SURRY — An artist’s life can bend and twist in ways that often only make sense from a distance. For Jodi Edwards, now in her mid-50s and living an artist’s life in a rebuilt farmhouse, the journey was as important as where she landed in late middle age. And like many journeys of self-discovery, hers cannot easily be sorted into a beginning, middle and end.
“I started out as an artist’s model,” she said. “And I got really good at it.”
Raised in a home where the arts were heavily promoted — “My parents were both frustrated artists,” Edwards said — she painted a mural on her bedroom wall as a middle-schooler. Fast forward 10 years or so, and with a bachelor’s degree in liberal arts behind her, she began modeling for New York City art colleges and transitioned to a professional art modeling career, which she continued into her late 30s.
That is where the Surry painter’s artistic training really began, as she posed for well-known abstract artists like Norman Bluhm and David Salle. “I think [Bluhm] was my first mentor before I even knew it,” she said, recalling how she would stand against a wall while he “threw paint.”
“I started painting because I was inspired by these guys,” Edwards said. And, by age 26, her own painting career blossomed, with sales from group shows and a solo exhibit in a NYC loft in 1986. Then, two years later, she stopped painting and embarked on her next journey as a singer and songwriter, eventually moving to New Orleans to further her musical career.
“That’s where life took me,” she said with a shrug and a smile.
Filled with energy, stalking from one end to the other of her home studio tucked up above her farmhouse kitchen, she talks of moving to Massachusetts, and then to southern Maine.
It was in Maine at age 52 when Edwards picked up the paintbrush she laid down nearly 25 years ago. By then, she was deep in a teaching career and enjoying a more stable life than in her younger days. But she had not abandoned art; rather, she funneled her creativity into first rebuilding a fire-damaged house in Massachusetts, and then serving as general contractor for her current home, which had been in her husband’s family for generations and had also been mostly destroyed by fire. Her home’s interior is a work of art itself, with its bold colors, thoughtfully placed furniture, and objects of interest married to a traditional Maine farmhouse.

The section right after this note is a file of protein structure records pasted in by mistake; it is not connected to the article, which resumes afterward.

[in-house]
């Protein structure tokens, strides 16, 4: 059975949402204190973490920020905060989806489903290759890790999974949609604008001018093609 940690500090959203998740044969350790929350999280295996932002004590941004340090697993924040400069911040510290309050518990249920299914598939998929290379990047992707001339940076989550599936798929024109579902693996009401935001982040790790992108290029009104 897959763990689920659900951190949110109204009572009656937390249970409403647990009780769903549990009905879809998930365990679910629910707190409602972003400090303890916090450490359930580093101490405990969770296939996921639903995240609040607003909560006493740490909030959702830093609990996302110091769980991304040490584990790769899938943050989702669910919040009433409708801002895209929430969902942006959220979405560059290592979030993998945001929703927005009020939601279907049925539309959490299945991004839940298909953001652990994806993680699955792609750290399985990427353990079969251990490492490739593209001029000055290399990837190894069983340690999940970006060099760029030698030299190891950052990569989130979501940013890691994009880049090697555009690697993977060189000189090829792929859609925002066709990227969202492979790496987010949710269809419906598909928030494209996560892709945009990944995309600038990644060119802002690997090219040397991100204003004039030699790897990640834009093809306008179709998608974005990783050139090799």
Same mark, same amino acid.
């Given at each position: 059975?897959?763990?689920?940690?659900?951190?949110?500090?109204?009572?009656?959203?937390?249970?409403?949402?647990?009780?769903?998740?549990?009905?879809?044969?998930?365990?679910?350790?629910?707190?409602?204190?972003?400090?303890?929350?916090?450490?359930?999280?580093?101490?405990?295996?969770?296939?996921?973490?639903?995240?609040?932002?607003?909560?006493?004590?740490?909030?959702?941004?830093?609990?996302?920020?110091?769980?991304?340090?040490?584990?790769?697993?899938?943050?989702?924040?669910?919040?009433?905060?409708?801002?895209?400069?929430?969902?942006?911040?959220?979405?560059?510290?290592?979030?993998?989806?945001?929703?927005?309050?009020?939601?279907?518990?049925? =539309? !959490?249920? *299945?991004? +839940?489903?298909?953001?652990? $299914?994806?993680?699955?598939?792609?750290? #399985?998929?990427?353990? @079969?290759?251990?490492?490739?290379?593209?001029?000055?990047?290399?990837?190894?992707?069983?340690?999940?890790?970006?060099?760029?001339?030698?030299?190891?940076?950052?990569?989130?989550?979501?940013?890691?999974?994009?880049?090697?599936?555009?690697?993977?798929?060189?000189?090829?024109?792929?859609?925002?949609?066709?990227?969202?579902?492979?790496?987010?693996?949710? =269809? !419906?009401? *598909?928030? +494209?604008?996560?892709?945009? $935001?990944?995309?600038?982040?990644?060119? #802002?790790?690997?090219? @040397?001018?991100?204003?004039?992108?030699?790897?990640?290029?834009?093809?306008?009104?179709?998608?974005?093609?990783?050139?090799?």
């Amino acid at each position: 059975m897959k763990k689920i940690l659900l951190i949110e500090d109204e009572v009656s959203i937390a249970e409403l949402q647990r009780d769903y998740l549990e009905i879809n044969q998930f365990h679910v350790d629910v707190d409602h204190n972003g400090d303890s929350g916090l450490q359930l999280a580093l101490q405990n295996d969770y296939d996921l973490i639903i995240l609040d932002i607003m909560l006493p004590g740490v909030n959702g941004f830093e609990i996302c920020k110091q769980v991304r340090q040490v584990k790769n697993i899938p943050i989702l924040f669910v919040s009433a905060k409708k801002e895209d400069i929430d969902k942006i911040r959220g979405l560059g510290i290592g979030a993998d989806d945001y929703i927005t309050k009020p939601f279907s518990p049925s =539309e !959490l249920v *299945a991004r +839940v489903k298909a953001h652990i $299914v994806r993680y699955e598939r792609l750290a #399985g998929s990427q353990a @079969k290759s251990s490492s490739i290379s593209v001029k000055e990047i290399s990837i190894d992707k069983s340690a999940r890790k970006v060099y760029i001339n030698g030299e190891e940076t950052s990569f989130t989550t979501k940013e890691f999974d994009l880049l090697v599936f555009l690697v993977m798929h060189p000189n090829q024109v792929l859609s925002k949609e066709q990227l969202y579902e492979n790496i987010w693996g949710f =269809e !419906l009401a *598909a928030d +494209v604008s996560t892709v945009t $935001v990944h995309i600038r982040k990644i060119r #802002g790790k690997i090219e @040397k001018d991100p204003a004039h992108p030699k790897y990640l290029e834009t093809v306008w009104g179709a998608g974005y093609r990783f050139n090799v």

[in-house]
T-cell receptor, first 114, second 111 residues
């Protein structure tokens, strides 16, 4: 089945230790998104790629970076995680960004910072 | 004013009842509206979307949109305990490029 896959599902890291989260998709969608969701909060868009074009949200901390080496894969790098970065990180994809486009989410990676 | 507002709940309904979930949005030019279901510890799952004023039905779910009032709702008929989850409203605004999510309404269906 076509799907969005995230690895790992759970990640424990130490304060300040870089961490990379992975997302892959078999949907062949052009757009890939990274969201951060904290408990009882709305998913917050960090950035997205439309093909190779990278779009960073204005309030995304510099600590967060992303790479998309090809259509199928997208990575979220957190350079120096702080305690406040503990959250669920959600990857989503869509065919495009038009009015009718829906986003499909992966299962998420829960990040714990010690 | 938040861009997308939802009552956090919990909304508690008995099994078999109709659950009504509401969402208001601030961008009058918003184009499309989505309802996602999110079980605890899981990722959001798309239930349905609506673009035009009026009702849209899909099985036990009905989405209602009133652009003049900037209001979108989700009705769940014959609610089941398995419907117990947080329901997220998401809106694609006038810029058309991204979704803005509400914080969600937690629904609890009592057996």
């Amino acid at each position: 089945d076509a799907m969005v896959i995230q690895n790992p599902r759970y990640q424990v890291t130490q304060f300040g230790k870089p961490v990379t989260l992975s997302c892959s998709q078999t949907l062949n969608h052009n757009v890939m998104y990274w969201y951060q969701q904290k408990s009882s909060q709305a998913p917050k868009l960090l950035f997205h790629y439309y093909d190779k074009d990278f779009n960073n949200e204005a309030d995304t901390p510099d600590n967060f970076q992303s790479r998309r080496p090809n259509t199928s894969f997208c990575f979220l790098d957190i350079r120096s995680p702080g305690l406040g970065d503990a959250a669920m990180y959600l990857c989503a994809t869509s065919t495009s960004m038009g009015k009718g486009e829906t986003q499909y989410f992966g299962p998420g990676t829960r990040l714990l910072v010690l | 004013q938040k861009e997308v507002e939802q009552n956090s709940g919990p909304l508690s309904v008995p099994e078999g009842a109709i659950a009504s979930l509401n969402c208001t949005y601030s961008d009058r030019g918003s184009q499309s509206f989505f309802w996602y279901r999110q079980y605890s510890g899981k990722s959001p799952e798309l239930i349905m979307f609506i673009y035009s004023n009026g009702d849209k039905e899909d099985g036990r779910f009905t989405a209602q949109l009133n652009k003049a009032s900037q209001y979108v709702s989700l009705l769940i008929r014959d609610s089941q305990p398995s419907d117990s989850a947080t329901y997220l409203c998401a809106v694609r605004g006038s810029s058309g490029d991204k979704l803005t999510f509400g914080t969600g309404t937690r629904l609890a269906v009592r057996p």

“The quiet and solitude has helped me find contentment as an artist,” Edwards said of her surroundings. That, and getting sober several years ago. “I think the whole vibe of Maine enables me to access the best part of myself.”
As an artist, Edwards is self-taught, pulling influences from NYC abstract icons such as Elaine de Kooning and Jackson Pollock, Spanish artist Joan Miró, Bauhaus artist Wassily Kandinsky and contemporary Maine-based artists like Charlie Hewitt and Lisa Noonis.
“I found an old canvas that was thrown out in a dumpster and I decided to paint over it,” she recalled. “I didn’t want to go to art school. I was afraid they’d squelch the very essence of me.” But she did take classes and have her work critiqued by colleagues and gallery owners, including one from a local gallery that left her helpless on her couch for three days, she said, until she took the feedback and used it constructively in her work.
Now, Edwards shows at the Portland Art Gallery, where she has a show coming up in November, and Artemis Gallery in Northeast Harbor. But it has been in recovery that she rediscovered her artist’s “voice” in later life.
“I wouldn’t even have the career without it,” she said. “When I stopped painting [at age 28], I had to address my addiction issues. I realize I would have none of this without my sobriety.”
Edwards welcomes visitors to her North Bend Road home studio by appointment through her website, jodiedwards.net. She will also participate in an August show at Rural Hall in Surry, of paintings of historic buildings to celebrate Maine’s bicentennial. Her historic building? Pugnuts Ice Cream Shop.